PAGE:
But circumstances have changed. The availability of oil is no longer a sure thing. And even if oil’s presence were eternally guaranteed in ample amounts, there are serious questions about Earth’s ability to support the continued use of fossil fuels without fatally poisoning the planet’s air and water. And because of the recent failures of economies worldwide, prestige without portfolio — luxury absent any useful value — is fast becoming a thing of past pretensions.
Automobile manufacturers nowadays are scrambling to develop products that comply with changing externalities affecting their businesses. It is a difficult mission, especially at the luxury end of the market, where success historically has been measured by the appeal of the exceptional — most often, the exceptionally unnecessary, desirability stemming solely from exclusivity.
Audi has developed a car to deal with that marketing conundrum, the 2012 A7 TFSI — the letters referring to an engine technology that combines fuel injection (what Audi calls “fuel stratified Injection) with “supercharging,” a method of pulling more air into engine combustion chambers for a cleaner, more complete burn of the air-fuel mixture.
In the A7, that means more power out of a smaller engine with no appreciable increase in fuel consumption. Think of it as getting V-8 horsepower out of a V-6 engine without the weight or the fuel penalty of a V-8. The reality in the A7 is a 3-liter, supercharged V-6 with direct injection and variable valve timing (310 horsepower, 325 foot-pounds of torque) that moves the car from 0 to 60 miles per hour in 5.4 seconds.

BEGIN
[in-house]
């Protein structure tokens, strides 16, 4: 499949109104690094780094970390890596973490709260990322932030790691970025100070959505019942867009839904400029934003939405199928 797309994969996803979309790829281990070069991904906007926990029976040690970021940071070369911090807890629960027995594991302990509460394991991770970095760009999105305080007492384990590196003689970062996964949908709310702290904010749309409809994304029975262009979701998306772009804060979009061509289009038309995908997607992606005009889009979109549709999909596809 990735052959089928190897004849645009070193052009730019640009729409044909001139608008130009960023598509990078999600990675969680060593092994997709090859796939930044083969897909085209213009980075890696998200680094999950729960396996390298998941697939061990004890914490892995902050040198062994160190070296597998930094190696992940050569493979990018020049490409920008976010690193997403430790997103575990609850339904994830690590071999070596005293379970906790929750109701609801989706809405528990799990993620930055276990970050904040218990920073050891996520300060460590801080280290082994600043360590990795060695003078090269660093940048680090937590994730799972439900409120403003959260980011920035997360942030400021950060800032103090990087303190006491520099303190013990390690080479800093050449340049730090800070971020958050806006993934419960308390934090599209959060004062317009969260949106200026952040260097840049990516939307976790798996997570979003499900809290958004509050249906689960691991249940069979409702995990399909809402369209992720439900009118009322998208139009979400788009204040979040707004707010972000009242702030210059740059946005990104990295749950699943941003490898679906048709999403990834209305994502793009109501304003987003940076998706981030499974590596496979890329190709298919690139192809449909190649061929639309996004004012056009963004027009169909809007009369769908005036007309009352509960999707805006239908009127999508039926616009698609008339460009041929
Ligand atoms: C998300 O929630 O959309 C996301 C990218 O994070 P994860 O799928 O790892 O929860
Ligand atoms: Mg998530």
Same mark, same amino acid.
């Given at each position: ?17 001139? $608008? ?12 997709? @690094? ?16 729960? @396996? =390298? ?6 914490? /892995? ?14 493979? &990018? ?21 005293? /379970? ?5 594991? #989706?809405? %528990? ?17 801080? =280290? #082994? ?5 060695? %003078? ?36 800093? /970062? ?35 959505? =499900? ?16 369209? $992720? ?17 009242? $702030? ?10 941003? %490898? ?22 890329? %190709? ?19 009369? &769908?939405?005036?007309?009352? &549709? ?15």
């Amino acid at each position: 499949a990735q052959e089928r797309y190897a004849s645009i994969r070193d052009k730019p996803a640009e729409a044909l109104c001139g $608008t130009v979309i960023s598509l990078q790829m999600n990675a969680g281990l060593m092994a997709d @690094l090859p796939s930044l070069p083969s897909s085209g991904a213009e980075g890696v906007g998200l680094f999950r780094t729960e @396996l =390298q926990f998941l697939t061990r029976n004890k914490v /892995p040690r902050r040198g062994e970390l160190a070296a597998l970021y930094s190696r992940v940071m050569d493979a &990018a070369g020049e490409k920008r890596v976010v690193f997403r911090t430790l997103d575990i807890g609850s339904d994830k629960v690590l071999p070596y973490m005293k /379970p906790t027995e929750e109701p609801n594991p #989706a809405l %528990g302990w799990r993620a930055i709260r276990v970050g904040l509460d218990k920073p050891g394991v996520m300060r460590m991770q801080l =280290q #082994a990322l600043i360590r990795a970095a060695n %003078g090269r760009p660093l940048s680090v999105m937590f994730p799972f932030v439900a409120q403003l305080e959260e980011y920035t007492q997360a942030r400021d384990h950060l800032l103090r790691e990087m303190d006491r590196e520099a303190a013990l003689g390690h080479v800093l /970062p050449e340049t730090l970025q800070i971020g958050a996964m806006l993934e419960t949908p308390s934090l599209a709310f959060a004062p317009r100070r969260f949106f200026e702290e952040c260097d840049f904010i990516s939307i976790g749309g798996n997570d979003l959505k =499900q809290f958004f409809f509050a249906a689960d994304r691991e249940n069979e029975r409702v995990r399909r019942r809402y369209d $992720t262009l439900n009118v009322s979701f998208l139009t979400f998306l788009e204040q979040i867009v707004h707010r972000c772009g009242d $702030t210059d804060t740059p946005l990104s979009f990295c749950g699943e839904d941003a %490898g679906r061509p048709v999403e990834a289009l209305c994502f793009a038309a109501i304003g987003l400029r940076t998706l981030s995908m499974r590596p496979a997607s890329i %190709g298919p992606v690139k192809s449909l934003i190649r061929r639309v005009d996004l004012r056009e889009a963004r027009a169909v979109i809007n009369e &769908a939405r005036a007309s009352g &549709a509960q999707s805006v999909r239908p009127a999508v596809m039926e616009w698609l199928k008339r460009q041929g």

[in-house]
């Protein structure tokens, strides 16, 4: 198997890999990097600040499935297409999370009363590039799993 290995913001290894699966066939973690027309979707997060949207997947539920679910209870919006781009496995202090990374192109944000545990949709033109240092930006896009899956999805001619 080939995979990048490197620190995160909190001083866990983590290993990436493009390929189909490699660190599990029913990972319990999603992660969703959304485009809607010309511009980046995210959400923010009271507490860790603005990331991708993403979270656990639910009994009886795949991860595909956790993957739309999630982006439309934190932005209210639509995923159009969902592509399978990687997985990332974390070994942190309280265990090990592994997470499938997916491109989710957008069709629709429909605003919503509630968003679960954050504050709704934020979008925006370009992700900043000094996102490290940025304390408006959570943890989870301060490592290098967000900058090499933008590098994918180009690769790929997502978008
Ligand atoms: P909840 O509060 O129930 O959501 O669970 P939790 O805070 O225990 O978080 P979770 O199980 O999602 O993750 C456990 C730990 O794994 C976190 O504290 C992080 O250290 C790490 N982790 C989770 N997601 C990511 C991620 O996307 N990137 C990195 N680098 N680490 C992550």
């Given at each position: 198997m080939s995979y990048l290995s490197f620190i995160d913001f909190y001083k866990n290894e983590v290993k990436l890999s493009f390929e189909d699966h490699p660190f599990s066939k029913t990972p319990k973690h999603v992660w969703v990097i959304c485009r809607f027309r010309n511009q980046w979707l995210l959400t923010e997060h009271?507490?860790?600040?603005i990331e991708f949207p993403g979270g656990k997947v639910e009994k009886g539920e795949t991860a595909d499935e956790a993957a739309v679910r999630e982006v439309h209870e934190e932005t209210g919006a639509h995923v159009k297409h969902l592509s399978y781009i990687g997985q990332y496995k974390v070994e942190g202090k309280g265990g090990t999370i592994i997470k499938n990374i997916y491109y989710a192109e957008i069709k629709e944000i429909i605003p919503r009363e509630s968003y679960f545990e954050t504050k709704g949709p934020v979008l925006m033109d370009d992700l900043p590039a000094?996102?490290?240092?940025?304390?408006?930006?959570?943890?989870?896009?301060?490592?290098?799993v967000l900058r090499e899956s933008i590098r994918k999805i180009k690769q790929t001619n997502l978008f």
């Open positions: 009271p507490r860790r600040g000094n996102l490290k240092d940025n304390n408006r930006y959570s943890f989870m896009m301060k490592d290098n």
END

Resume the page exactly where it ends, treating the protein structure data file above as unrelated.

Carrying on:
Most of us don’t waste time or fuel launching ourselves from “stop” (fast starts are almost always more fuel-consumptive). But rare is the motorist among us who does not appreciate steady, reliable torque — authoritative at low speeds, masterful at crescendo on highway runs. The feeling is absolutely sensual, addictive. I found myself hunting for empty Virginia roads in the wee morning hours just to enjoy that feeling over and over again.
That’s the silly, impractical part of the A7 — performance much in keeping with its mind-bending visual appeal. True story: On two occasions, I put the A7 in restaurant parking lots only to lose it after dining. Why? I left the A7 thinking that I had parked an exotic coupe. Instead, I had parked a five-door hatchback, the most practical of practical family sedan designs.
When I finally stumbled upon the A7, I was confused. It certainly looked like a hot coupe. But it had four side doors and a long rear hatch. Audi’s designers used three prominent lines — upper, middle, lower — to conceal the A7’s homely design origins. The lines, in conjunction with a rear quarter that looked more “coupe” than most coupes, give the A7 an air of muscular sensuality.
Inside is all of the stuff that traditionally defines automotive luxury as luxury — in this case, dark walnut inlays on the instrument and door panels; supple, yet anatomically contoured Valcona leather seating surfaces; every conceivable electronic infotainment device or access portal. It is all put together perfectly in a cabin so quiet, it bestows solitude upon entry.
But if life takes a turn toward the sweaty practical, the A7 (I drove the Prestige version for this report) can handle that, too. Lift the rear hatch. With all four sets in place, you have 24.5 cubic feet of storage space. Lower the rear seat backs, and you nearly double your cargo room.
The surprising thing is that the A7 does not act the wimp under load — no groaning, tail-wagging, or slouching about.
Finally, there is the matter of the A7’s all-wheel-drive system, which provides a 40-60, front-rear power split under normal driving conditions but constantly and rapidly varies that application of drive power on an as-needed basis in inclement weather. All it takes is one severe rainstorm, such as the one I ran into near Manassas, to fall deeply, madly in love with Audi’s all-wheel-drive system. I was thus smitten.